For what this website defines as history (roughly, "the story of humanity"), there's rather a lot of "pre-Columbian history" in South America, and you can't really depict it all in a single map. Population density maps for 6500BCE, 3500BCE, and 1491 AD would all look quite different from each other. For the purposes of the rest of the answer, I'm going to assume you are interested in something closer to 1491AD.
The pre-Columbian Americas have been criminally understudied at this level of scope and detail IMHO. Of course there isn't much of a pre-Columbian written record, so a certain amount of that is understandable. That being said, Colin McEvedy and Richard Jones did an amazing worldwide study of historical human population history, which included the following map in their section on The Americas:
This image is from McEvedy and Jones' Atlas of World Population History. This book is out of print and almost impossible to find for purchase, but if you can, do it. Online at archive.org.
This may not go down to the level of detail you like on who those people were, but I have seen immediate pre-Columbian language maps of South America that could perhaps be reconciled with this. Couldn't find one on a really quick search, but I know I've seen them online.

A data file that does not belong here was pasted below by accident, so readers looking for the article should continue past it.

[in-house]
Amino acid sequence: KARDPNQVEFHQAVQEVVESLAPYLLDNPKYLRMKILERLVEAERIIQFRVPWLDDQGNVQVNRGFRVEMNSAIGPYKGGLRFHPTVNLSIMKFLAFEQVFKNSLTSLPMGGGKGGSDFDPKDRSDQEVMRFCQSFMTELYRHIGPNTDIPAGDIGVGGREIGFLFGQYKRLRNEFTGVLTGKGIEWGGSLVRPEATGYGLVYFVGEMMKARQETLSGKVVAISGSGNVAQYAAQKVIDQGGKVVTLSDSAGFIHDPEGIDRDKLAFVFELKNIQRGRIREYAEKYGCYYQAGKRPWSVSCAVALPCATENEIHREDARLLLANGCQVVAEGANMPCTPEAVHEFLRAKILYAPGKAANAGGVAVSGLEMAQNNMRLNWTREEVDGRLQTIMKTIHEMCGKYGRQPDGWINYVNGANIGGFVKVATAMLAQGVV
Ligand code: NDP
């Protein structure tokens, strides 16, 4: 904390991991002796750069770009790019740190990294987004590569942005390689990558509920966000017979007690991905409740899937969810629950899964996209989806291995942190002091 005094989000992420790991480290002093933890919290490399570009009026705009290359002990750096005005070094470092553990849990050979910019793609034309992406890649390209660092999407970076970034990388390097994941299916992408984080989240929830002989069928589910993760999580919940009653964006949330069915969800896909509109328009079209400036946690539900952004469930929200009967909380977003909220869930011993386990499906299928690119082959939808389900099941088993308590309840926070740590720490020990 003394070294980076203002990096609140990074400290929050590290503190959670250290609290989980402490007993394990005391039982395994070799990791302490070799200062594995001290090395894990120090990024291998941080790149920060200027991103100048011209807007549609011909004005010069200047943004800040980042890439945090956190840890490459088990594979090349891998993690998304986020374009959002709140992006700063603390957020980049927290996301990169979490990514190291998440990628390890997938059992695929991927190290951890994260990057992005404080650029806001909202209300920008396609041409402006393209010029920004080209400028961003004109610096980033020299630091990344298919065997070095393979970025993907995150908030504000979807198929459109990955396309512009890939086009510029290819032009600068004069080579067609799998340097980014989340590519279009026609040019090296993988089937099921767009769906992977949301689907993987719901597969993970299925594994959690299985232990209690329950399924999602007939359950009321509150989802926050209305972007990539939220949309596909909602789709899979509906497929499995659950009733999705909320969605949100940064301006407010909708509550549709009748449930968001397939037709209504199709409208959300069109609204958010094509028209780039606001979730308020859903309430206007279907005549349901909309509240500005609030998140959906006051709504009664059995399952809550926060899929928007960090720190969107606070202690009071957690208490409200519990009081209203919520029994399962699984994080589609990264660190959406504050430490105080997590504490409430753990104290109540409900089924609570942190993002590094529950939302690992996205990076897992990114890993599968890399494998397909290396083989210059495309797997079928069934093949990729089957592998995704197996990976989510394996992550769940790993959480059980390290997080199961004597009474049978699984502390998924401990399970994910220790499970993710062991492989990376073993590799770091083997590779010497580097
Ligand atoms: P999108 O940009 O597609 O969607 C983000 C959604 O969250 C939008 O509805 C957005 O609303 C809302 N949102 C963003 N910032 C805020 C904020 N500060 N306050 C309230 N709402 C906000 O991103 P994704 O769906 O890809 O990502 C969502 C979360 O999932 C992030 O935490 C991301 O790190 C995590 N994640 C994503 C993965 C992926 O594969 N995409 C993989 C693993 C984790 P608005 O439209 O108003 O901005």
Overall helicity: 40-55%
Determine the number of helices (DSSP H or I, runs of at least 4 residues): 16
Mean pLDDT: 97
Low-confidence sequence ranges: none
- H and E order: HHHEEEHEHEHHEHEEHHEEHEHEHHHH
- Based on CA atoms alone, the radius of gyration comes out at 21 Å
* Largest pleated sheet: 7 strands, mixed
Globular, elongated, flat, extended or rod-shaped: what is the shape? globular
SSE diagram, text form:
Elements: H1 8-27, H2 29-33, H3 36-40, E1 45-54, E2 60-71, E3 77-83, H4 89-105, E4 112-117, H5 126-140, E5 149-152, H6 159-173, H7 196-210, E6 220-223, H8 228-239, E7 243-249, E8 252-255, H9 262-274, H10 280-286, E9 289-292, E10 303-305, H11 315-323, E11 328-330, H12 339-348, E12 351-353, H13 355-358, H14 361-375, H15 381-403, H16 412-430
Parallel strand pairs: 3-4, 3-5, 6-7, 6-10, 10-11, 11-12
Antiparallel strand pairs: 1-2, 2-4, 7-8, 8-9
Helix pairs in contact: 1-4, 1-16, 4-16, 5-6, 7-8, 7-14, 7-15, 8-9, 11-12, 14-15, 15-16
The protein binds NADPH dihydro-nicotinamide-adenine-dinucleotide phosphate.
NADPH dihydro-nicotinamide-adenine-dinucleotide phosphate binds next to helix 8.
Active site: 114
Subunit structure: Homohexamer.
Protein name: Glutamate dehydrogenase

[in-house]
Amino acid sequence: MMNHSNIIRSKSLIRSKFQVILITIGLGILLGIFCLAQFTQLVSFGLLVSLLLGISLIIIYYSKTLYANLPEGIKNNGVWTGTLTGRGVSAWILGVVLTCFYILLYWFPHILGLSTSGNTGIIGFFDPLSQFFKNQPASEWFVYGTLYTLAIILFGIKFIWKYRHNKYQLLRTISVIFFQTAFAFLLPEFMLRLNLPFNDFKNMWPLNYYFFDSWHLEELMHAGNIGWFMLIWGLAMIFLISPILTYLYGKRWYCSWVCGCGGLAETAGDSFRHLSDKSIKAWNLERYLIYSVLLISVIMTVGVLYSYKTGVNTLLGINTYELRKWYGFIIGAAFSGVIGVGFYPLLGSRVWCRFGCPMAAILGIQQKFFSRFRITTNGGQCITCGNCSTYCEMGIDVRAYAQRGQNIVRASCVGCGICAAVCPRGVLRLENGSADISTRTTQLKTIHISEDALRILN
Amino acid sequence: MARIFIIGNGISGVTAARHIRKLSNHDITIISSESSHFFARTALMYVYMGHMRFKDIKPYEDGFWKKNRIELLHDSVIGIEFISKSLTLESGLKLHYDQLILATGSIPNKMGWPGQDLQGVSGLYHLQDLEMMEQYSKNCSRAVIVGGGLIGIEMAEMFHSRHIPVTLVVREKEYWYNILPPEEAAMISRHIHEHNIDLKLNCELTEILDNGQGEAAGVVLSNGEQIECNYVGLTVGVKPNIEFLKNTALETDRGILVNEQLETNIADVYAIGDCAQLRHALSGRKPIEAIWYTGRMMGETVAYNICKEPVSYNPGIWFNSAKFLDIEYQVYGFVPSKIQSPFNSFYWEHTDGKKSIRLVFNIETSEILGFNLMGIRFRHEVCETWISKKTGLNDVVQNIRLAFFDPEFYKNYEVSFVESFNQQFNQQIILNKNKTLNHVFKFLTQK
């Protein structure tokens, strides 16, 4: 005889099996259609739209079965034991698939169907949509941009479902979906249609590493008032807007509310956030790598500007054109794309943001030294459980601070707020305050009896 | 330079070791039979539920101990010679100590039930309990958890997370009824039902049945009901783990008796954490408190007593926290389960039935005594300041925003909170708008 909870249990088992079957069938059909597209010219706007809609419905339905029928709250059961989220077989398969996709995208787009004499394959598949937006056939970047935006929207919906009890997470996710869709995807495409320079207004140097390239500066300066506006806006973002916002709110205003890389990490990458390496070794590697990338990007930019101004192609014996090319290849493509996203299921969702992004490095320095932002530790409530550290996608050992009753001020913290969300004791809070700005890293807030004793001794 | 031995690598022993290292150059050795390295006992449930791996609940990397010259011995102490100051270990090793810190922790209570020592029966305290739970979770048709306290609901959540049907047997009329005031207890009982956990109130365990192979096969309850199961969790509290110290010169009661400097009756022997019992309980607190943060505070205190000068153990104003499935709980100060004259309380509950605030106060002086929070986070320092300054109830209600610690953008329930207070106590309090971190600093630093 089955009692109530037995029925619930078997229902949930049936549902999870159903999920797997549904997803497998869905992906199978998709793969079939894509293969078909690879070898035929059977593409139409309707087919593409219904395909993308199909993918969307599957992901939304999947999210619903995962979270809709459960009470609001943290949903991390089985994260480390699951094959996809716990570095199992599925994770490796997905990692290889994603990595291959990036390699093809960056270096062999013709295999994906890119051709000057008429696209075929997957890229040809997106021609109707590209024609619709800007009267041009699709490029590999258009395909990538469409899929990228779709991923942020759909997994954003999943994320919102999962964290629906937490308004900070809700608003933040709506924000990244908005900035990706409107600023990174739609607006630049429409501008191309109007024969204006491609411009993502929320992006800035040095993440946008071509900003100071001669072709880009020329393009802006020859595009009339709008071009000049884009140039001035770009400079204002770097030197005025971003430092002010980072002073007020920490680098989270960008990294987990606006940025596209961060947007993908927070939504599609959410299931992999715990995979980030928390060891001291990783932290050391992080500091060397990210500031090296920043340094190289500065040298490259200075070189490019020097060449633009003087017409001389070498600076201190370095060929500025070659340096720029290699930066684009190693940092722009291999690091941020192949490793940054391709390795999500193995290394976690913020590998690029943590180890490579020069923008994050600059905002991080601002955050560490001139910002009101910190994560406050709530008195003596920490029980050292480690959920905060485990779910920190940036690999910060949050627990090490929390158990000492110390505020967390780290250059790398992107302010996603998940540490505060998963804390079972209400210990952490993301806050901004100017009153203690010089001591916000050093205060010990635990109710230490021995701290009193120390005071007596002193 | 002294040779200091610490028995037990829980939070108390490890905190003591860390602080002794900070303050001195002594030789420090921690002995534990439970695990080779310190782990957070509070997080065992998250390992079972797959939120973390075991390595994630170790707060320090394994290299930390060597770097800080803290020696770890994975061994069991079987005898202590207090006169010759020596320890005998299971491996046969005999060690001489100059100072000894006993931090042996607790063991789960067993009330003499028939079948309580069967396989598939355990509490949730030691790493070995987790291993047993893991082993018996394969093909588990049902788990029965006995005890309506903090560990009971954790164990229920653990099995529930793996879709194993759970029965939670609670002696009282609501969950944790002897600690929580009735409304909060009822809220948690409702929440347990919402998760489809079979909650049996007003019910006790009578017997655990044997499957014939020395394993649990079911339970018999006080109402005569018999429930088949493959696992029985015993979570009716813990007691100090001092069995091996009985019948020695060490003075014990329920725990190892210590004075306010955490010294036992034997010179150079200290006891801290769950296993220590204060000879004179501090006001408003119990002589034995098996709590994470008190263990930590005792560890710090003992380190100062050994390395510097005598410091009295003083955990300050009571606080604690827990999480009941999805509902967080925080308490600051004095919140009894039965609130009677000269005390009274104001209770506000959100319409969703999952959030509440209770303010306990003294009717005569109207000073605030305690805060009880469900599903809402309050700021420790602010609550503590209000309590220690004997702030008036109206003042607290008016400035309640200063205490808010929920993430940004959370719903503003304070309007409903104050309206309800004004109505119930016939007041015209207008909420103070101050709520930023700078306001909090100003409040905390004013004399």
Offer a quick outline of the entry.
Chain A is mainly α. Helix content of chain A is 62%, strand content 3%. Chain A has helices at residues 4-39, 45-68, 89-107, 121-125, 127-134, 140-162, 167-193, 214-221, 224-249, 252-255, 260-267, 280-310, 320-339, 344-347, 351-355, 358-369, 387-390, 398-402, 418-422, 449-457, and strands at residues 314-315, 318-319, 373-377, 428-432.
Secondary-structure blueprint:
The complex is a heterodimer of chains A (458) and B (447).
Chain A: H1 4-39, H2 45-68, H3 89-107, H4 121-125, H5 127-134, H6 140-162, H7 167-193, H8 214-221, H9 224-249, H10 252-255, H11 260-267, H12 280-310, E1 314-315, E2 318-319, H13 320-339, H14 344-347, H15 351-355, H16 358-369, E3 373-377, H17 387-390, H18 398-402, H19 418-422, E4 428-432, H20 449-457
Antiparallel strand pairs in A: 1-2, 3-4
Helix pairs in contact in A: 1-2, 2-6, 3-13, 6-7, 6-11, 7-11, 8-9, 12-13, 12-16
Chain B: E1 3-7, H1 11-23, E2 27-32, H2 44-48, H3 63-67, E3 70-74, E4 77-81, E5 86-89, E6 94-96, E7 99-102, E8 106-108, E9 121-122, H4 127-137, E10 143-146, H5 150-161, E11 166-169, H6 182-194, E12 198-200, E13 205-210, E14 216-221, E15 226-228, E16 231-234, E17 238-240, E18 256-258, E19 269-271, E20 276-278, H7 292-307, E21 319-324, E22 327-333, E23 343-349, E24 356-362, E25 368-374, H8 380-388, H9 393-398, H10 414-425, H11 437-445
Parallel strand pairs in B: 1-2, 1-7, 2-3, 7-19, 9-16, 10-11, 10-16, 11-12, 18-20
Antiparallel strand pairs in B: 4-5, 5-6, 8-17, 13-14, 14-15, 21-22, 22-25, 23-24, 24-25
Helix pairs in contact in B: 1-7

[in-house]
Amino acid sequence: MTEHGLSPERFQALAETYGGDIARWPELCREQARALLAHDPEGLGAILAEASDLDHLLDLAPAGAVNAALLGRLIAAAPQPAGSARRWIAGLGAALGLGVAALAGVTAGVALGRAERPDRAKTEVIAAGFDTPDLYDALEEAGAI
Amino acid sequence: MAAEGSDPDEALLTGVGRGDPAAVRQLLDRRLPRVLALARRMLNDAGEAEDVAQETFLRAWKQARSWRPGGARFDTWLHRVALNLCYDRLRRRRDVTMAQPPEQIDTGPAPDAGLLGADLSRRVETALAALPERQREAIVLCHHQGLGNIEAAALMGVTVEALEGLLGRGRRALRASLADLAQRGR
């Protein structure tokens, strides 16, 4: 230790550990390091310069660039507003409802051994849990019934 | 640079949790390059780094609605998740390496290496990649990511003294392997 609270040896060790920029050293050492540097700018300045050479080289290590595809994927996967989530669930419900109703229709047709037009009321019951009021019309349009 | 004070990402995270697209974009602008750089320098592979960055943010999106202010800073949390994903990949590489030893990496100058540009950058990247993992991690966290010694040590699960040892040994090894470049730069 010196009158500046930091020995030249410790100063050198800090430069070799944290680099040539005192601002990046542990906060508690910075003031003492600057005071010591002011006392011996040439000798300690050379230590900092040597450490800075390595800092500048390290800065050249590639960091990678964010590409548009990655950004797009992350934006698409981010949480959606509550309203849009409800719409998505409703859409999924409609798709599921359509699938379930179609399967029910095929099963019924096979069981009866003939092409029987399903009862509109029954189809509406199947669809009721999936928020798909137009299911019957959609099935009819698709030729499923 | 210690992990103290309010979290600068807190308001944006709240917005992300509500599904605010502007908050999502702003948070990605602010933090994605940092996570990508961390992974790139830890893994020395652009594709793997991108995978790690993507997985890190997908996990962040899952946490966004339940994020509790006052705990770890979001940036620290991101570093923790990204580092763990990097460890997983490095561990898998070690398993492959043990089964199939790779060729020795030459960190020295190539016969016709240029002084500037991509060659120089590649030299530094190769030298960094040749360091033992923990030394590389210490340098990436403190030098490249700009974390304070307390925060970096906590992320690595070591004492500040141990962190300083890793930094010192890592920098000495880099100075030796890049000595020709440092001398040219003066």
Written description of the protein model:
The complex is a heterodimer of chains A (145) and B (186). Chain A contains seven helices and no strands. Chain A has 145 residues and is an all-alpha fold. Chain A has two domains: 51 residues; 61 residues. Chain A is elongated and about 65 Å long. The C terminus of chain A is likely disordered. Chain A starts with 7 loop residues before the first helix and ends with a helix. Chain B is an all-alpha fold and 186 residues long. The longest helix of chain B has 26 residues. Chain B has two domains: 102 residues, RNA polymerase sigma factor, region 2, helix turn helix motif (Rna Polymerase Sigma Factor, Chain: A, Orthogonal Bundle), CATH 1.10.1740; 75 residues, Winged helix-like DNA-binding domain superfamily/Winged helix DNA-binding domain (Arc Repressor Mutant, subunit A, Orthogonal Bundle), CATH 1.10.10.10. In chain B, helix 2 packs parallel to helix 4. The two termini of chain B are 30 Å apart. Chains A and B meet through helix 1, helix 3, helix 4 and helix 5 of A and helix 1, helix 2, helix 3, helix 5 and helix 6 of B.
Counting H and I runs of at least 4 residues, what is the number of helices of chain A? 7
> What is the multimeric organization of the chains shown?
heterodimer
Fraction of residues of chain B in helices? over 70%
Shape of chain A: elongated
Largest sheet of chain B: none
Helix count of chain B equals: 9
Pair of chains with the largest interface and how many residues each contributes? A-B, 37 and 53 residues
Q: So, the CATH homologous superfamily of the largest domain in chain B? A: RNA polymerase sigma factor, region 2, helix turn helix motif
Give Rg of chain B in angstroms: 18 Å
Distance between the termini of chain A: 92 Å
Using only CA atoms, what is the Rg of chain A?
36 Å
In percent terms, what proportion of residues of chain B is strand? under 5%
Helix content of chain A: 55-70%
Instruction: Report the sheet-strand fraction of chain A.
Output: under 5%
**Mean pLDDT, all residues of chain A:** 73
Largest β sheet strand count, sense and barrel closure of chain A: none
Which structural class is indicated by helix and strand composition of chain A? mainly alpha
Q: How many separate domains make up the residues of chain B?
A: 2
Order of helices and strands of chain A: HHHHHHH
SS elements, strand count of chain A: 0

Calibrating it against the North America map you posted, it doesn't have nearly as much detail, and appears to be missing a fair bit. In particular, these days I'd expect to see a higher density in the Pacific Northwest, which M&J aren't showing. Their map I believe is likely older, so less likely to include recent research. So it might be wise to consider what it shows to be a floor, not a ceiling.
For your theoretical question, McE&J postulated about 13 million souls in the Americas (north and south) at this time, and based on this map the vast majority of them would have been living in the Azetc and Incan areas. The area of North America the Cree and Inuit were inhabiting (Canada/Alaska) may look large enough to make up for their low density, but this map projection artificially inflates that area.
The modern northern states of South America, along with the tropical coast of Brazil, appeared to have some level of farming going on as well. It may not show well in the map, but I know that farming was moving up the Caribbean islands at this time as well (probably from South America), and had made it as far as parts of Cuba.